I am happy to report that we have had some rain and that there is real grass beginning to grow!!!
More please... but it is a start!
It is an interesting journey living so close to the ground and experiencing the drought. It is quite stressful actually. The reality is my personal day to day life is not affected - I turn on the faucet and the well pumps water much the same way as millions who live in cities and towns across America.
But there is a tension that is everywhere - the ranchers and farmers, the animals, the land itself - seems to emit an energy of stress that feels much like a heat wave looks when you can view it from a distance. The shimmer and movement and uneasiness that doesn't stand still.
This is the second big grasshopper I've seen in the last few days. It reminds me of something that might be associated with a biblical plague... These are the kinds of things that when come in large groups destroy everything.
The southwest is a harsh place to live, for everything not just humans. There was a time when it was fertile and green - the last ice age to be exact. While glaciers formed in the north, this area got more rain and the grasses grew and with grass does all life thrive.
What is the point? Life is both lush at times and droughtish at others. Stress is part of what pushes us forward and keeps us from becoming complacent. Lack asks us to conserve now and seek for better ways later. Limits ask us to find better ways to live both with them and with out them.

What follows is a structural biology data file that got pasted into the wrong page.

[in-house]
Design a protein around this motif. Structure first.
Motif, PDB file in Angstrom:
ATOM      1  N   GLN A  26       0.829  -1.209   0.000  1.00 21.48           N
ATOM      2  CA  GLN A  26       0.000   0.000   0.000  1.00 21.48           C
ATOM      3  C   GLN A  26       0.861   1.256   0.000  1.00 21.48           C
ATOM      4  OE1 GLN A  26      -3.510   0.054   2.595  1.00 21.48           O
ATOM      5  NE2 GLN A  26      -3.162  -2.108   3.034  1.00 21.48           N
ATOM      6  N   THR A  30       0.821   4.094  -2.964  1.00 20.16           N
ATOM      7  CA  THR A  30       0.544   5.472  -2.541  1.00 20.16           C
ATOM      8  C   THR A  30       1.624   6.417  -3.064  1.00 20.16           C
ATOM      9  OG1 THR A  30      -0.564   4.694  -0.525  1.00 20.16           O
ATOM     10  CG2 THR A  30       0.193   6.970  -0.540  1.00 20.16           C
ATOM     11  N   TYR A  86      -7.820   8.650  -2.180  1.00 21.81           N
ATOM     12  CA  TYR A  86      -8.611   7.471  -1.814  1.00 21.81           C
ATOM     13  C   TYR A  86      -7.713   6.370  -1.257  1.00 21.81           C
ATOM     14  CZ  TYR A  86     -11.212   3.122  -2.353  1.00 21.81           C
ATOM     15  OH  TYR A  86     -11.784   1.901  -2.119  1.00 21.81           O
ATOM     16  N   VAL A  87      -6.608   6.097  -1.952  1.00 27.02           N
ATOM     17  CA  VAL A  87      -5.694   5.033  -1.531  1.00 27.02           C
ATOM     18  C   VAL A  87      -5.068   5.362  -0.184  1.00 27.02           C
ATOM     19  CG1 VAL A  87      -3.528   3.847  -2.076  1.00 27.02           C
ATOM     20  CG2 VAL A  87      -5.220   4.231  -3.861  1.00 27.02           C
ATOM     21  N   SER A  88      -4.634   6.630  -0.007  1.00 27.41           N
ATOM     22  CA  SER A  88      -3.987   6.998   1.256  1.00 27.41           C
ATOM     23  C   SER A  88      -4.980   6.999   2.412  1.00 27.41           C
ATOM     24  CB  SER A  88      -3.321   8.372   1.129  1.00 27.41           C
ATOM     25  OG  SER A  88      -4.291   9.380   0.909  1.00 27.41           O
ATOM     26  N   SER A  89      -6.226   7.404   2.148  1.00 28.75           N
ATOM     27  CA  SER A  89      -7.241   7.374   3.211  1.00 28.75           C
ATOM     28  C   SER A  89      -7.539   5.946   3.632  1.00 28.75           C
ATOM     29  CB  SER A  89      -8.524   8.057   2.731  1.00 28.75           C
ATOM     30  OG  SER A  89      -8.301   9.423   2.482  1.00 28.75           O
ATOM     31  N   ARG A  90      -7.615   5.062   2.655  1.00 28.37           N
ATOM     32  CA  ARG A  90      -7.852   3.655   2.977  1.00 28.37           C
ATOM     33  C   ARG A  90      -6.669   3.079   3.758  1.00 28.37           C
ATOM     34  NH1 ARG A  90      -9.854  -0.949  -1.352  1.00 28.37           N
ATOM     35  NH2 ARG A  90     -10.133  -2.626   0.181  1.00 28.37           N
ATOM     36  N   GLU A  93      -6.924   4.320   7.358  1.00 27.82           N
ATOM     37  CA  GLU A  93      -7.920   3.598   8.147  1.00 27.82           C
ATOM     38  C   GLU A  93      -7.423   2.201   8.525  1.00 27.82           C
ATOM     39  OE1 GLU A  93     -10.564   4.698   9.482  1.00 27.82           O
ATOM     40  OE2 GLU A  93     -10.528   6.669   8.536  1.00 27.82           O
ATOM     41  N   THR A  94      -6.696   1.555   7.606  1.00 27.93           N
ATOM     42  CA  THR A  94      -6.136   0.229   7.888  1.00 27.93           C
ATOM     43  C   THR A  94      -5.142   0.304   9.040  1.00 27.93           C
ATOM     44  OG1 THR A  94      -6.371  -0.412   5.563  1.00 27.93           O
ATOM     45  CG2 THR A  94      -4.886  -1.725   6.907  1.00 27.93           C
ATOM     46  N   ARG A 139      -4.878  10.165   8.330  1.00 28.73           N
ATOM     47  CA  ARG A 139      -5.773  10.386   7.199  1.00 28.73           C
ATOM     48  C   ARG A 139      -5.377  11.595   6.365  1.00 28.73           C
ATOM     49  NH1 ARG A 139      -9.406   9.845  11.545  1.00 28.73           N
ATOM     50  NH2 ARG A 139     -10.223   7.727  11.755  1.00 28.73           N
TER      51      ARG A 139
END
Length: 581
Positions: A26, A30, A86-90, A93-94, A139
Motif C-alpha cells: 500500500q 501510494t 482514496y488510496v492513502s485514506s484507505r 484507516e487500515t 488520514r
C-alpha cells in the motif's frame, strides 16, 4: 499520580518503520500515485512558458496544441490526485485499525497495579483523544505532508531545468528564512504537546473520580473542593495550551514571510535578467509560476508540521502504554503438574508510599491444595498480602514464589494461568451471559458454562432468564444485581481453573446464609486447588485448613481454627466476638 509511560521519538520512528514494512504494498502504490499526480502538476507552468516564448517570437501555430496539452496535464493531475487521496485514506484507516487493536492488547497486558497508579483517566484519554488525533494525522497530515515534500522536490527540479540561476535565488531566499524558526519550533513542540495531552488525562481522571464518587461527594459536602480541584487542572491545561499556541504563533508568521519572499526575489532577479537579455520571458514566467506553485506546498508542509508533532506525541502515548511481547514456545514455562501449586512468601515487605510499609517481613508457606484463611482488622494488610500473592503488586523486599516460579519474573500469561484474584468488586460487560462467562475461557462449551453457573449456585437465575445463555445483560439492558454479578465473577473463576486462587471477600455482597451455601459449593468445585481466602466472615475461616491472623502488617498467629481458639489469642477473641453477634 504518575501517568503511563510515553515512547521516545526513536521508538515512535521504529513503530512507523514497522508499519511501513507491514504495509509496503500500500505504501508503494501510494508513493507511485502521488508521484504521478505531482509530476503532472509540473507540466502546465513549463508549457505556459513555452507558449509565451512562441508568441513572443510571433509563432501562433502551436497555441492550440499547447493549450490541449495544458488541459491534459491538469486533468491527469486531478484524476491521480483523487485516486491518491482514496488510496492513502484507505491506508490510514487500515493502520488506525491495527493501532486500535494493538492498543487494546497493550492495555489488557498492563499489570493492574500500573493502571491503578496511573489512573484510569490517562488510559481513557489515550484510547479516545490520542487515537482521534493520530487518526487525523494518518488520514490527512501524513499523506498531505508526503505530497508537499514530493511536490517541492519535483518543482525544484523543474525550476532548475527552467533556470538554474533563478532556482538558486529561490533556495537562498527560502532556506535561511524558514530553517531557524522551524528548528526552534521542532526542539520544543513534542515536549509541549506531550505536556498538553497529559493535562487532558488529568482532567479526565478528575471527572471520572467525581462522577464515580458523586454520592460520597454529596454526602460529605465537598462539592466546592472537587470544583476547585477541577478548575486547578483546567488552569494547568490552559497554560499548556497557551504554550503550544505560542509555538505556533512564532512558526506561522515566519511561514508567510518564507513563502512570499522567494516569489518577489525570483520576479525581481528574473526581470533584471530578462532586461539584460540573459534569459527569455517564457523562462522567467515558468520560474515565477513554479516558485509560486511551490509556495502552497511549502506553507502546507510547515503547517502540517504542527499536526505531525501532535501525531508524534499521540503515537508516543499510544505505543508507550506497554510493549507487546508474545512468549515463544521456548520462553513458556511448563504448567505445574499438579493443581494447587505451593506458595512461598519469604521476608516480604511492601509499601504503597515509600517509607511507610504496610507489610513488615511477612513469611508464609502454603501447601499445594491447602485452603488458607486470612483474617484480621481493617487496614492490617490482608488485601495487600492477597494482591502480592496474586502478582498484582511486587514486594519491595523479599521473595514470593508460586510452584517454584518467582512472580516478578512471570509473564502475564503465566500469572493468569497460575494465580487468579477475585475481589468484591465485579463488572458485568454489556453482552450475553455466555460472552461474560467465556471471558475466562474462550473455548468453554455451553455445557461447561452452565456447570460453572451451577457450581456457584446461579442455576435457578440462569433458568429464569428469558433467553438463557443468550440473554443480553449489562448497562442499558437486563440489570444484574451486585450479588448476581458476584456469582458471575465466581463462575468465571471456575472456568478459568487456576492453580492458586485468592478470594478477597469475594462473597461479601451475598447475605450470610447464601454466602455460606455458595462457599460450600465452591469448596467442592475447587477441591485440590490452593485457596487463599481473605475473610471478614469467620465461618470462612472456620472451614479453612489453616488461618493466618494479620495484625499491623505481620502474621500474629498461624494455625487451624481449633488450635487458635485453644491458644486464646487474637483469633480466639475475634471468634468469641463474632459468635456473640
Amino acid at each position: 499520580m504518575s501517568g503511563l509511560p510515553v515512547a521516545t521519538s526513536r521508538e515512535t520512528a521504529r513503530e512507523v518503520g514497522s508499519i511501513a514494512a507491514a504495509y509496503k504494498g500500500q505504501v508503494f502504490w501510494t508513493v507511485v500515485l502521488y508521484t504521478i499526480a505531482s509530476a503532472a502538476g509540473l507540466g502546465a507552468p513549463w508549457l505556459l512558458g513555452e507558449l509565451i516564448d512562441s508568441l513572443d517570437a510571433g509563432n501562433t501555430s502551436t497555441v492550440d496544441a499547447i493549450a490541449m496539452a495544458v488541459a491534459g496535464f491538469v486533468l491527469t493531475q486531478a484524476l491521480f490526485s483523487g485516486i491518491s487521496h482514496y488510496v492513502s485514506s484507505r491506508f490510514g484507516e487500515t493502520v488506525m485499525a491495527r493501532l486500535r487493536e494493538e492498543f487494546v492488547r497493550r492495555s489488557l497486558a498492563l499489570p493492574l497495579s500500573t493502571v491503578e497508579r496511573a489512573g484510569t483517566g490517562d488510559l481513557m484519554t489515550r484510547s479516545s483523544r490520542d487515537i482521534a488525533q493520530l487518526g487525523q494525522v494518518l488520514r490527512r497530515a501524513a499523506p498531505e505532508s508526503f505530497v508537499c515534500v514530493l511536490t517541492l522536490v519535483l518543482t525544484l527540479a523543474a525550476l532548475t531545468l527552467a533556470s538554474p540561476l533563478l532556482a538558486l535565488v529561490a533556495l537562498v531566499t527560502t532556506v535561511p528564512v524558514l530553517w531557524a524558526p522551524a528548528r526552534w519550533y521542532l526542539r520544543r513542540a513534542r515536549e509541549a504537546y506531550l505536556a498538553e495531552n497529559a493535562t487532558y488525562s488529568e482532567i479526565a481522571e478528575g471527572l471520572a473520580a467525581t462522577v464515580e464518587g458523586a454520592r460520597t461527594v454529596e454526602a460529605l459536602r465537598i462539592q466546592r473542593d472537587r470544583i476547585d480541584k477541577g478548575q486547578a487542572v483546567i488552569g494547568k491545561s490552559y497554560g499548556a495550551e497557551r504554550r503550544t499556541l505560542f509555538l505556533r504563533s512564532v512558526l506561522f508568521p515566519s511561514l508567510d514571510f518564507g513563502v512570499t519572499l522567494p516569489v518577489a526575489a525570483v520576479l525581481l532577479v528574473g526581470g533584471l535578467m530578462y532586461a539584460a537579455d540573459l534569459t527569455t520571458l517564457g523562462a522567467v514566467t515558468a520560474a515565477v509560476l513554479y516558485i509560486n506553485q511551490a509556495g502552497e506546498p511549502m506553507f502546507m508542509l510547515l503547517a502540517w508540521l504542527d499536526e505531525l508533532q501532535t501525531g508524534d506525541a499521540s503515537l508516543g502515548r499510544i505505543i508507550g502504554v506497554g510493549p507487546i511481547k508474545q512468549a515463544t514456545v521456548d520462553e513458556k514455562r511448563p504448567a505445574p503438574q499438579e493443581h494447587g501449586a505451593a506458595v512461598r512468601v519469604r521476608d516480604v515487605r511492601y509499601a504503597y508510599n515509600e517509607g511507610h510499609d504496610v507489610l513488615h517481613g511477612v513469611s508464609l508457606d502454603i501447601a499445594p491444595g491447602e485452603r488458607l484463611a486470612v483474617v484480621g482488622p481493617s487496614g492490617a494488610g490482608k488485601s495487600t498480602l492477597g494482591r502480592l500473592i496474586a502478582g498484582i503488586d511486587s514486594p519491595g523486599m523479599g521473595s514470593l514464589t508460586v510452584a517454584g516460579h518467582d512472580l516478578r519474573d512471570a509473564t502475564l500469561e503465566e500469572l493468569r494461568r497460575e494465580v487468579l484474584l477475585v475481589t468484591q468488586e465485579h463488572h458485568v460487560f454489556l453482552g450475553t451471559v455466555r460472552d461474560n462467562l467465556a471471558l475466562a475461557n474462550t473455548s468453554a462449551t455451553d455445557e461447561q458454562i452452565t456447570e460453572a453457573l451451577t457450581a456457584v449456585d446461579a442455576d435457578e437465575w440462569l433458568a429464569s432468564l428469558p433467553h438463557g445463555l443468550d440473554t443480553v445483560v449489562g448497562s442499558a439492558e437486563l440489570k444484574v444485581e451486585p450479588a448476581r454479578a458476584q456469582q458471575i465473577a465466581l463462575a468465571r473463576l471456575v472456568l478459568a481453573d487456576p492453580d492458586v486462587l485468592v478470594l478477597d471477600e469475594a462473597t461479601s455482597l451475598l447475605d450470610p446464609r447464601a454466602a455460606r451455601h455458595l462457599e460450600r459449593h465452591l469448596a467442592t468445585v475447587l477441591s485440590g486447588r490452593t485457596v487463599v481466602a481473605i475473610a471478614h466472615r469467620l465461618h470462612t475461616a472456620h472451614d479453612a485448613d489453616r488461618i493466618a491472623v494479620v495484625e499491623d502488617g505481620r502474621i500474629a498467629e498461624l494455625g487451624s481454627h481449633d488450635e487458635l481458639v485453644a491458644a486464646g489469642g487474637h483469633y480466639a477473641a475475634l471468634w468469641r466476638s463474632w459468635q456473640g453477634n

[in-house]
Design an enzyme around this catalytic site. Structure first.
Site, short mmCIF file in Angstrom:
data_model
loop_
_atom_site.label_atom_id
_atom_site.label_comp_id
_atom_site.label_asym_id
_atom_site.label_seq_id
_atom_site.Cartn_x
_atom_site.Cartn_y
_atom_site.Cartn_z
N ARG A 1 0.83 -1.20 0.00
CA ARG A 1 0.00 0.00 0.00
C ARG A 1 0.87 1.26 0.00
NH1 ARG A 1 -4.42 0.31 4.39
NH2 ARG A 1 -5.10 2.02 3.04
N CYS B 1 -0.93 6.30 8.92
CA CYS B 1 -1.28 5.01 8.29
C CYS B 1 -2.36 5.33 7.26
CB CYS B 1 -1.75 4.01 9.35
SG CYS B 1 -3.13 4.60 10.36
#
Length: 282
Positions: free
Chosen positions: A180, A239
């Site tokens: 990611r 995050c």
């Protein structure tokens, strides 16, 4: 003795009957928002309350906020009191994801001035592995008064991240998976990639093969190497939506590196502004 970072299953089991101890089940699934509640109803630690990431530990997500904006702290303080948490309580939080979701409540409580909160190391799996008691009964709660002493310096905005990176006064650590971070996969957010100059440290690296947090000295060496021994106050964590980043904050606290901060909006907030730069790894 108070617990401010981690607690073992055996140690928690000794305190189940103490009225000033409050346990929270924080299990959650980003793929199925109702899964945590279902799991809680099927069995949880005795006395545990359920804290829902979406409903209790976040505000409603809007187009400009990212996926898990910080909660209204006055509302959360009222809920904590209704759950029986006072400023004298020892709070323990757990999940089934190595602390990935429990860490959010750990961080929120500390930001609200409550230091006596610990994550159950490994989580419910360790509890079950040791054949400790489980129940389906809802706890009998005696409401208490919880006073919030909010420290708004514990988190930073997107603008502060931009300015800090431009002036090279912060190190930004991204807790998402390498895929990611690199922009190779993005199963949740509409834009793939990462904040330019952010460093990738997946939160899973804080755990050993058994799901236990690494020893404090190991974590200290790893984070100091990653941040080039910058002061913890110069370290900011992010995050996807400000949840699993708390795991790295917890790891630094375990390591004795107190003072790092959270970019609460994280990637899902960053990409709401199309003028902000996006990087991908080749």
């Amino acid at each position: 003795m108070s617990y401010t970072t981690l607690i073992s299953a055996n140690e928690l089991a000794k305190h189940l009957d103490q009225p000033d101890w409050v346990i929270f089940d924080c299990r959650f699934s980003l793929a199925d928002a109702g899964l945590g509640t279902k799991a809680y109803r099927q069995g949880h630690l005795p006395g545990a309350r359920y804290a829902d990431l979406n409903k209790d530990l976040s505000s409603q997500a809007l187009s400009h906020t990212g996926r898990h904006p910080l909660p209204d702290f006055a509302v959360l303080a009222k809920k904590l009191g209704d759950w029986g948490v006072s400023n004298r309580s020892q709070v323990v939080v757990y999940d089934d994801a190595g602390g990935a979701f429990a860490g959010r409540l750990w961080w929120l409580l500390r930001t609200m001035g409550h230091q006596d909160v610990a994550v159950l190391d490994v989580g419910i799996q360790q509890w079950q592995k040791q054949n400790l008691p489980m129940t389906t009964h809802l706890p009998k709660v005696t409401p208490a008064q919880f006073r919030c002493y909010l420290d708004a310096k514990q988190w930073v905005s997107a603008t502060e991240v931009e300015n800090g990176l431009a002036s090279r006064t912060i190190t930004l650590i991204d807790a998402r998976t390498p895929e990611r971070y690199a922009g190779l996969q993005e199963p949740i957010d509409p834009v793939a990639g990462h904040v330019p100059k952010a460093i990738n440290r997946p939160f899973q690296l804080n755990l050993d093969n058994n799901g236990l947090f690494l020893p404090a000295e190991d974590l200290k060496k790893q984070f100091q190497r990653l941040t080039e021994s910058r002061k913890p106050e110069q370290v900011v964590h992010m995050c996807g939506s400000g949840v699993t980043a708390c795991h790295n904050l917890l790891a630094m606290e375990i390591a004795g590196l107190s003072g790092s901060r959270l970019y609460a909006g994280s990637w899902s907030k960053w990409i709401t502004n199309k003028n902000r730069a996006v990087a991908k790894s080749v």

Plagues remove everything from before and require us to build everything again.
It's Sunday, what can I say I'm philosophical this morning!
I am finding there is a difference between this idea of "prepping for the worst" and training to be a survivalist and what survival really is.
I've said before I dislike the word "survivor" in that we have come to associate it with being a victim first and survivor second.
But from drought to fertility there is a need to survive whatever the moment brings. I believe we survive when we choose life and not just defend against death.
I am surrounded by life even though the drought feels like a slow death. It is always a choice whether we will live or just give up and let go.
There is no way to prepare or train or defend against everything that will come in your future or mine. But this idea of being a survivor has also come to mean there is less need to train for what we are afraid of and begin to trust more of who we are and that we will handle what ever comes next.
Nothing has been more of a witness to me on this idea than the insects I am surrounded by. No matter what happens to them they keep going with no preparations, no training, no special tools, and no workshops or videos! They choose life every second of their existence - no hesitation, no complacency, no apathy or self-pity.
It seems for now there is great honor and respect for the Bug's Life!
Welcome to my Journey!
I'm inviting you to join me on my journey as I seek to find a new way of being in an old set of systems. It's hard, but worth it!